Show the Value Process Model

Step 1: Why? Start with impact

Step 2: How? Select the right solution

Step 3: What? Expect success with objectives

Step 4: How much? Collect data along the way

Step 5: What's it worth? Analyze the data

Step 6: So what? Leverage the results


Show the Value thinking includes:

1. Taking action before someone asks for results.

2. Respecting the value chain for the five levels of success.

3. Remembering that the most important measure of success is impact.

4. Starting with the end in mind.

5. Designing for the results that you need.

6. Using ROI analysis selectively.

7. Looking for the positive in a negative ROI.


For those who are familiar with the Phillips ROI Methodology and have read Patti and Jack's other ROI books or attended one of their workshops or seminars, this book's Show the Value Process Model might take some getting used to.

For those unfamiliar with the Phillips' work and the Phillips ROI Methodology, this book may not be useful since, in my opinion, you would need some type of background or context of the 12-step Phillips ROI Methodology to more fully understand how the 6-step Show the Value Process Model is a watered-down, superficial extraction of the Phillips ROI Methodology.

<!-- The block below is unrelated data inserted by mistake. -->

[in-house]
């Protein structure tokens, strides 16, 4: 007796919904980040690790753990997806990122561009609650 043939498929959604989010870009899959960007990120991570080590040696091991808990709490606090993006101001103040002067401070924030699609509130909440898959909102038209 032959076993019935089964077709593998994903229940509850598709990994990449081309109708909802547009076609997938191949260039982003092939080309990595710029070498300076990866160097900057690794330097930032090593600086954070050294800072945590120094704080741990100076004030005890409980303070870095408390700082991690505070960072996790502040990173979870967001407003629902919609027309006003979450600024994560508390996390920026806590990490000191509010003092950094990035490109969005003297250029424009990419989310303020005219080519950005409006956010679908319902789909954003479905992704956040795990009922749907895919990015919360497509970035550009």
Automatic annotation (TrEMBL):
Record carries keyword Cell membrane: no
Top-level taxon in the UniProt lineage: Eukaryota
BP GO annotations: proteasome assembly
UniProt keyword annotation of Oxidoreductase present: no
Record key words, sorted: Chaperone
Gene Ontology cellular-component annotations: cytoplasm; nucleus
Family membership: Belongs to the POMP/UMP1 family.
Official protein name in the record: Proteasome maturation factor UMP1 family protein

For a good overview of the Phillips ROI Methodology, I recommend The Bottomline on ROI (3rd ed.) by Patricia P. Phillips.

As you can see from the diagram below, the 6-step Show the Value Process Model is a condensed, diluted and oversimplified model that is derived from a longer, more detailed 12-step Phillips ROI Methodology.




According to Patti and Jack Phillips, "These steps [of the Show the Value Process Model] are simple, easy to use, and will not consume excessive amounts of time. Following the six steps will provide you with credible answers to questions frequently asked about your work: Why? How? What? How much? What's it worth? And So what?" (p. 23)